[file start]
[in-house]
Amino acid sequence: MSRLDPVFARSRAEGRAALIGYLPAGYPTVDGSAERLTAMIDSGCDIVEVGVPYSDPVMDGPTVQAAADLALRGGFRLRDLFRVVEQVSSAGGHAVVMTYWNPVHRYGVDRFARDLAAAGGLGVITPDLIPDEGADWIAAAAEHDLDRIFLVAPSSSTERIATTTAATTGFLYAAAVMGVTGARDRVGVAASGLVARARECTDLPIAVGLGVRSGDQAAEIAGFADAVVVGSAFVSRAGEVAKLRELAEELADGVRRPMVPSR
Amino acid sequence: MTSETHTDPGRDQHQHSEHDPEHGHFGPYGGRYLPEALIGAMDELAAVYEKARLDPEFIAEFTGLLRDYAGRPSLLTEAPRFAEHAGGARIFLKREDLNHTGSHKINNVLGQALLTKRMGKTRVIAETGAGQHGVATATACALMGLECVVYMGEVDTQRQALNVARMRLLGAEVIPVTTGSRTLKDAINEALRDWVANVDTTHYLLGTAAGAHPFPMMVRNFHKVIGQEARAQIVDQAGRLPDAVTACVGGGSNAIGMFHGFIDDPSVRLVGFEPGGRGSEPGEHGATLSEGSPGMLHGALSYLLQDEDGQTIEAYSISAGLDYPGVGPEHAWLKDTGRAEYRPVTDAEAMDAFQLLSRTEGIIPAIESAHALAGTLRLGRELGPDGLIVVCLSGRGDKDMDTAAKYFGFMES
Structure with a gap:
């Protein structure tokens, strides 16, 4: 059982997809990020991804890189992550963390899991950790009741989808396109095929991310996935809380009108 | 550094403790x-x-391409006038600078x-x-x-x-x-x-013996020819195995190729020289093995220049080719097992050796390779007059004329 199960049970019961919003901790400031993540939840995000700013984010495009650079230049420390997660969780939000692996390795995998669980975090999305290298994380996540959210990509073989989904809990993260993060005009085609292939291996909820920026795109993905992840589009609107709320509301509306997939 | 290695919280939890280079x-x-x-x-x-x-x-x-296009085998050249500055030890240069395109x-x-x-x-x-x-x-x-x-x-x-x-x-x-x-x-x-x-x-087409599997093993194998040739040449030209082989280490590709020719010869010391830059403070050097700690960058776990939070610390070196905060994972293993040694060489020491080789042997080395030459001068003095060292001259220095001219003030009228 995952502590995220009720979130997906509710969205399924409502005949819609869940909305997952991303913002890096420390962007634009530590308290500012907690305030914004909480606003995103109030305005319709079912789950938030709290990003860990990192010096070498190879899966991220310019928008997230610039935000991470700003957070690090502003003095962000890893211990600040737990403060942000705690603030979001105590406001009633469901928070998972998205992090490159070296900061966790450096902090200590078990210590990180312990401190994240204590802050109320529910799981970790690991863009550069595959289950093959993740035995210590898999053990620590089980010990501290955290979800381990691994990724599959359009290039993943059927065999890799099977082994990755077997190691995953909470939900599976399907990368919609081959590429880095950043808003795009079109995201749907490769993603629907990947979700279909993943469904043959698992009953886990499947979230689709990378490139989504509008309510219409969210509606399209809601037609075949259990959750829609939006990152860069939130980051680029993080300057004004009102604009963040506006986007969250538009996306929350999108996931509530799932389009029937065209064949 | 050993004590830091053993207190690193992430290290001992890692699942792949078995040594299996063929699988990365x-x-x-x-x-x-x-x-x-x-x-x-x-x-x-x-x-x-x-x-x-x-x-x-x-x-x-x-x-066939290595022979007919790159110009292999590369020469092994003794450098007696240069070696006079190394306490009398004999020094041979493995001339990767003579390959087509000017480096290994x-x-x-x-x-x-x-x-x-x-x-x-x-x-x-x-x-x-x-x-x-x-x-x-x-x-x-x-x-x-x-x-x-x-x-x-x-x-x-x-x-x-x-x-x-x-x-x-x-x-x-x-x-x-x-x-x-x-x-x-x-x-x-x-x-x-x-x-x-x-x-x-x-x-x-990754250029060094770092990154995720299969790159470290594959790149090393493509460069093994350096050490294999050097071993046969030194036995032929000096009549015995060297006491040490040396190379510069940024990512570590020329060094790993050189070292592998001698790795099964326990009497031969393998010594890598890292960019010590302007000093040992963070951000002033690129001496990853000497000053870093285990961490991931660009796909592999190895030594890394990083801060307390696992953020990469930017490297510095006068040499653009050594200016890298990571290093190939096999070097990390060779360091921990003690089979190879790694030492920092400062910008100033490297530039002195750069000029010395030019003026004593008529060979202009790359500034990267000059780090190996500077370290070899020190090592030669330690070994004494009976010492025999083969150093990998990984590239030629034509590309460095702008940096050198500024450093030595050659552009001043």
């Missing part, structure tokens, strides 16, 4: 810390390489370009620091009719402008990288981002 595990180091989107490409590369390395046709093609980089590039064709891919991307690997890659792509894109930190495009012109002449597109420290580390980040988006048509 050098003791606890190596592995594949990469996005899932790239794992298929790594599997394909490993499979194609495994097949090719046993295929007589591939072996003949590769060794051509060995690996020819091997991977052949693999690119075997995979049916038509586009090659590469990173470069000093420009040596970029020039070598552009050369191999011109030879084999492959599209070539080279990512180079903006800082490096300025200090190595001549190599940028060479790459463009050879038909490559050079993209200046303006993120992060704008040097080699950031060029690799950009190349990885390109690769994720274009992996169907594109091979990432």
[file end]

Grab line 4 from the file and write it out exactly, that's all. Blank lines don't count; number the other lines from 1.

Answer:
Structure with a gap: